From my ledge of moss, I gaze at the hillside across the valley. The grey of the scree is broken by remnants of grass and heather; patches of green in an ocean of stone. All lines tend towards the stream which flows from a couple of springs emerging from the scree; the starting point of mountain becks which gather and build westwards; springs turning to streams turning to rivers turning, finally, to the sea.
I have been indoors for too long, kept from the hills by the endless legions of low pressure systems which barrel in from the Irish Sea, one after another, like racehorses loosed from a starting gate. The wind has been almost constant; an aching drone in the fabric of the house, a hushing in the trees above the garden; it is a restless other, a presence in the dark of the night, a reminder of the force and omnipotence of the weather. From the hillside where I now sit, I can see the gathering dark of storm clouds signalling the arrival of the next weather front. I turn my eyes back to the hillside.
I am thinking of fractals; that geometric phenomenon where each whole is made up from ever-diminishing smaller versions of the same shape. As I look at the flank of Skiddaw, grey beneath a greyer sky, I lose the scale of the mountain, so that I could be looking at forests in a stone desert, or green patches on a hillside, or tiny lichenous growths on the side of small fragment of stone. A few days prior to my tea break on Skiddaw, walking across the fields at the edge of my village, I had flushed a hundred or more starlings from the skeleton of an ash tree, watched them billowing into flight, hurled sideways by the buffeting of the wind. I was struck again by the way in which birds behave in a flock; that ability to turn together as though connected by invisible threads. It is as if the birds know their position in the flock, as though they are each a single feather in a complete, beautiful sweep of wing. In the past few days, I have noticed again and again the enigmatic ability of nature to replicate itself at all scales: the way in which the individual trees in a wood lean together like the limbs of a single tree; the pillowed perfection of storm clouds as they build above the house, huge plumes made of smaller plumes; the mazed lines of map lichen on a slate boulder, looking like a landscape viewed from far in the air.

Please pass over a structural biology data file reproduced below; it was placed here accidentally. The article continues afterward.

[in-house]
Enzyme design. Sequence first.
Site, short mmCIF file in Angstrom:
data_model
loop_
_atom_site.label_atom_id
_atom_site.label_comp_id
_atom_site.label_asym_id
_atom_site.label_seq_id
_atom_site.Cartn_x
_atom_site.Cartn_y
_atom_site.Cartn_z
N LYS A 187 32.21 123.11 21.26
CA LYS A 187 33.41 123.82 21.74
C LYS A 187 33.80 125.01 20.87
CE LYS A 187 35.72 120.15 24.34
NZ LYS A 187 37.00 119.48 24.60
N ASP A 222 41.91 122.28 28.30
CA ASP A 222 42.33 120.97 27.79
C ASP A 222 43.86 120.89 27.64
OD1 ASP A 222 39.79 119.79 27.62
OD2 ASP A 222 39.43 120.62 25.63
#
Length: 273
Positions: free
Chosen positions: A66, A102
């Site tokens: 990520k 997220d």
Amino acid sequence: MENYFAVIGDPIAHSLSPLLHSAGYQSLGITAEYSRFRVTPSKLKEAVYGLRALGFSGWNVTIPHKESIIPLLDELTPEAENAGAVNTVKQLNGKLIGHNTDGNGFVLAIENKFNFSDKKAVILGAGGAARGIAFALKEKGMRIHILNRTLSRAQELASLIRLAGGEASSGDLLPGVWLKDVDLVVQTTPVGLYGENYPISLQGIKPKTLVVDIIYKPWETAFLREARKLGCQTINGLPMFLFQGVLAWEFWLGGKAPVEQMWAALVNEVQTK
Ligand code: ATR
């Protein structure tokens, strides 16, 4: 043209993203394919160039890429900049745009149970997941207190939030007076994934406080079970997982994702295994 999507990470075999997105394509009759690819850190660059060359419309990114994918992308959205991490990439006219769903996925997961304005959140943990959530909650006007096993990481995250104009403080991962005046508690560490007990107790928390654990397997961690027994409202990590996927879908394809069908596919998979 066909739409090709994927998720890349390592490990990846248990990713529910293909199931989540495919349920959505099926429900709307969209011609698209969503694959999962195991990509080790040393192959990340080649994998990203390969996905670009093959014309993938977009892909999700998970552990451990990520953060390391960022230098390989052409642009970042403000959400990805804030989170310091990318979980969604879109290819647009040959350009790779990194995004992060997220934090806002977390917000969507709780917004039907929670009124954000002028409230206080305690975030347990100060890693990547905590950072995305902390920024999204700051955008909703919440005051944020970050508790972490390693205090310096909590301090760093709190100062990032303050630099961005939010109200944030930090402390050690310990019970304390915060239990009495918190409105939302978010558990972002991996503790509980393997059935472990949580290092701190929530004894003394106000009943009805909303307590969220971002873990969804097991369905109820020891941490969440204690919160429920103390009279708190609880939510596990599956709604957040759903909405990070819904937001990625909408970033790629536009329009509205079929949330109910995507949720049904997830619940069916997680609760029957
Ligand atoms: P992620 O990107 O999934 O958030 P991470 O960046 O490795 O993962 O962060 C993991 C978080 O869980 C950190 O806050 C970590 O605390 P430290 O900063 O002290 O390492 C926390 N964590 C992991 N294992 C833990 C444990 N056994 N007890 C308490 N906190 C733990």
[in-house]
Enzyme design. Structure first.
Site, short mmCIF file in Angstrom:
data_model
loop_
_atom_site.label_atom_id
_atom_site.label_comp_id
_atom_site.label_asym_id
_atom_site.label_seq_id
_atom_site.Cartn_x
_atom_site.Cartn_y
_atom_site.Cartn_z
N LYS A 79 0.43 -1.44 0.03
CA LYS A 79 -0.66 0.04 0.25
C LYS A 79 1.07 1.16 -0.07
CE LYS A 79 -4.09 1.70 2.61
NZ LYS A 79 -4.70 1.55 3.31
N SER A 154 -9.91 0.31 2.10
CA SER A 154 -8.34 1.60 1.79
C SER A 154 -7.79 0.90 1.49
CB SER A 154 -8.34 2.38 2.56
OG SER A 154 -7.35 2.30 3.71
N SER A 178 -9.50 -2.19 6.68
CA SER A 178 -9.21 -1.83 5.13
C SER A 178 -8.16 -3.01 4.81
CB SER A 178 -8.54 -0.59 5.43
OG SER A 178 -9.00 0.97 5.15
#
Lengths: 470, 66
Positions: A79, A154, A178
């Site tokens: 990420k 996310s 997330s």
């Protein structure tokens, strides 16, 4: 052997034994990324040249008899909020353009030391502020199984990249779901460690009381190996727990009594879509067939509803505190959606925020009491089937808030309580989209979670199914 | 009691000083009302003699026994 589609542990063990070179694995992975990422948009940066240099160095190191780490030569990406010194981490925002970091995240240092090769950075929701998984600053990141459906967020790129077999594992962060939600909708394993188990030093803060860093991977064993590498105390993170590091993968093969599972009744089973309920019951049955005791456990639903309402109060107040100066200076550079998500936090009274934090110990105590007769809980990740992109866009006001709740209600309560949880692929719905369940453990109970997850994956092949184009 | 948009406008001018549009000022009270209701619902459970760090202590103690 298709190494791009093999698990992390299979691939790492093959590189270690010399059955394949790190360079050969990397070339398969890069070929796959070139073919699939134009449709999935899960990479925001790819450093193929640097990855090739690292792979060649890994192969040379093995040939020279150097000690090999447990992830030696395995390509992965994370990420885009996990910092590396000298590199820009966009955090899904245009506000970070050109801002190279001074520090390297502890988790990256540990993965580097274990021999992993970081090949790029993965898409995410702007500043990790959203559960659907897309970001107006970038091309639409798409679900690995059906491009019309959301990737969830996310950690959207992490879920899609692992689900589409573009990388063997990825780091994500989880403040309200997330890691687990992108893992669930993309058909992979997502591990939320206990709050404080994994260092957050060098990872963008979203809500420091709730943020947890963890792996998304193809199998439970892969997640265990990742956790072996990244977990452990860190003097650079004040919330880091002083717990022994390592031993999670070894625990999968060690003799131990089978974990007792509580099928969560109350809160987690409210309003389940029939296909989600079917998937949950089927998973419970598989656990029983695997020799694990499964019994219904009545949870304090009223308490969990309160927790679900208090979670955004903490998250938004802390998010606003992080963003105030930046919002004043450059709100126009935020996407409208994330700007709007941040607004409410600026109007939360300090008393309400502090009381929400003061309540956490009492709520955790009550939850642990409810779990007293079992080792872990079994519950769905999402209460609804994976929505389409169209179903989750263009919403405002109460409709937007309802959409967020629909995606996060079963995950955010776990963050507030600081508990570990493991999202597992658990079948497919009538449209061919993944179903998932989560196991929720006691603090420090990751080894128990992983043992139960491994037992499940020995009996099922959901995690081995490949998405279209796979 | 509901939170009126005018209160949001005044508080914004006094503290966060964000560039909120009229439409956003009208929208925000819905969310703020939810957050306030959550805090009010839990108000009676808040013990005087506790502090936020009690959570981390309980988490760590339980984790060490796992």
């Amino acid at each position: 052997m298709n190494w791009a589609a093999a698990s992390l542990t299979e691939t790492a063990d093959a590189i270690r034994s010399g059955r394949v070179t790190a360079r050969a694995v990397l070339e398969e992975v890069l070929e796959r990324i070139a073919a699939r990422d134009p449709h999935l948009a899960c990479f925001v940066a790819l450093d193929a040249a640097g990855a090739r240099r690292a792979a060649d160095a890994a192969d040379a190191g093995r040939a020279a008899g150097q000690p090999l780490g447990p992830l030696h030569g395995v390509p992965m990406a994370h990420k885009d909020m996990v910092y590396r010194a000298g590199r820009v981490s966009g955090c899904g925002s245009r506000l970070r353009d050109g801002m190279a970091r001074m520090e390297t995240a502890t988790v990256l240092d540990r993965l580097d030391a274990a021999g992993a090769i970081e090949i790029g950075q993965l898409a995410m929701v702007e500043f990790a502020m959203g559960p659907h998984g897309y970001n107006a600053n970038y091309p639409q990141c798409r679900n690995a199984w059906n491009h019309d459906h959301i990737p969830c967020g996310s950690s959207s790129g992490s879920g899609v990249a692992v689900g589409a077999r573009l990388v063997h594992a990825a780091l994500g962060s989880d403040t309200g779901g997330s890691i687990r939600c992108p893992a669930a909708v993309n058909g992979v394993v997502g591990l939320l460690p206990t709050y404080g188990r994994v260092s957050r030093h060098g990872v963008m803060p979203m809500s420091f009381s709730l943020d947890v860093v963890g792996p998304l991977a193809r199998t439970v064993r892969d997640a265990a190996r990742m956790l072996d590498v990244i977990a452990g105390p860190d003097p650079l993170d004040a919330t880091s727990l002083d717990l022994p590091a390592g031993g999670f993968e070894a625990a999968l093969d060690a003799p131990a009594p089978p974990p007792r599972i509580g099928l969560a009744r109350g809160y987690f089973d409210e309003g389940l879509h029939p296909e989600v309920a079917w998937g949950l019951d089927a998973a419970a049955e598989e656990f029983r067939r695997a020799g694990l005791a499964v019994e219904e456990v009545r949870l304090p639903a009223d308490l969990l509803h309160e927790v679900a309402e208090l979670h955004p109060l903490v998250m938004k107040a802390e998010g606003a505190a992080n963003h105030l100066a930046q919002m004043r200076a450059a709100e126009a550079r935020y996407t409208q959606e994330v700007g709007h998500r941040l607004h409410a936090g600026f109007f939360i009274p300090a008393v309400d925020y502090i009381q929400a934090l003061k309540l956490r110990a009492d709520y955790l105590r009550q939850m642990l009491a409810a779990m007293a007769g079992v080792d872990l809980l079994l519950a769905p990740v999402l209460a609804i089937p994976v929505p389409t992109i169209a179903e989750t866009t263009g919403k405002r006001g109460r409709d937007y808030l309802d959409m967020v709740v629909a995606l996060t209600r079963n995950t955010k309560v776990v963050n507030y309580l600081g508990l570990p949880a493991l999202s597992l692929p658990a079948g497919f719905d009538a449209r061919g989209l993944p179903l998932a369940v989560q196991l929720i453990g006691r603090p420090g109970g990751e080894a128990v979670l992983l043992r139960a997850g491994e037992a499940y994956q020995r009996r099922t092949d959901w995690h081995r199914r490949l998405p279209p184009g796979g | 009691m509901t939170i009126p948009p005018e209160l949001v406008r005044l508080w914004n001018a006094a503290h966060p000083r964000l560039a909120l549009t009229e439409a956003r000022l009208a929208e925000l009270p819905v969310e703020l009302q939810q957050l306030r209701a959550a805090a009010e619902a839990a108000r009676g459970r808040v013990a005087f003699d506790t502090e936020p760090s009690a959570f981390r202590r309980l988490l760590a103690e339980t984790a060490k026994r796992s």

The final months of 2013 were a trial for me. I had worked too hard and too long, and fell into an extended period of low-level illness, burnt out and exhausted, incapable of seeing anything beyond the end of my bed or my desk, unable to write, spent of words. My mind retreated into a form of hibernation, dulled by the futility of communication, smothered by the incessant clamour of the trivial. This walk on the local hills, this gazing at a hillside of scree, seems part of a wider process of rehabilitation; learning to see once again, learning to taste the texture of words in my mouth once more. I yearned for periods in which I did not look at a book or a screen, but could gaze to the far horizon, as though 'longing' became a metaphysical desire for distance, for wide views of far hills, paling in the grey of evening.
Learning to write again has involved learning to see. In the depths of my tiredness, I could barely endure the effort needed to gaze into the distance, as though the perfection of the world outside was more than the soul could bear. In climbing this mountain today, I realise that it is not only my leg muscles which have grown tired through disuse. The muscles of my eyes need training, too; they need to scan slowly and carefully across these open hillsides, to pick out the details of rocks and mosses, to dwell absently on the changing colours of a winter hillside. A fractal set has been described as 'the same from near as from far'; a reminder of the changes in scale we need to make our lives whole and complete.
I descended from the hilltops by a narrow stream gorge; a deep moss-filled ravine thick with the viridian lushness of woodrush, largely untrodden by people. The stream rises from a bog pool on the moorland I have just crossed; a black sedge-lined pond from which a thin runnel of peaty water tips over the edge of the moor and gathers pace as a mountain stream. It gives me a strange satisfaction, this knowledge that I have followed the stream from its source, watched it build in volume and pace, heard the hiss of running water turn to a rush, to a roar, to a deep echoing hush. Rivers often appear in stories as a metaphor for the turns and pace-changes of an eventful life, and I believe in a moment of fancy that my purpose is no more than to follow this stream downhill, noting the falls and meanders, until, climbing the heathery sides of the gorge, I can gratefully send it on its way, downstream, beyond.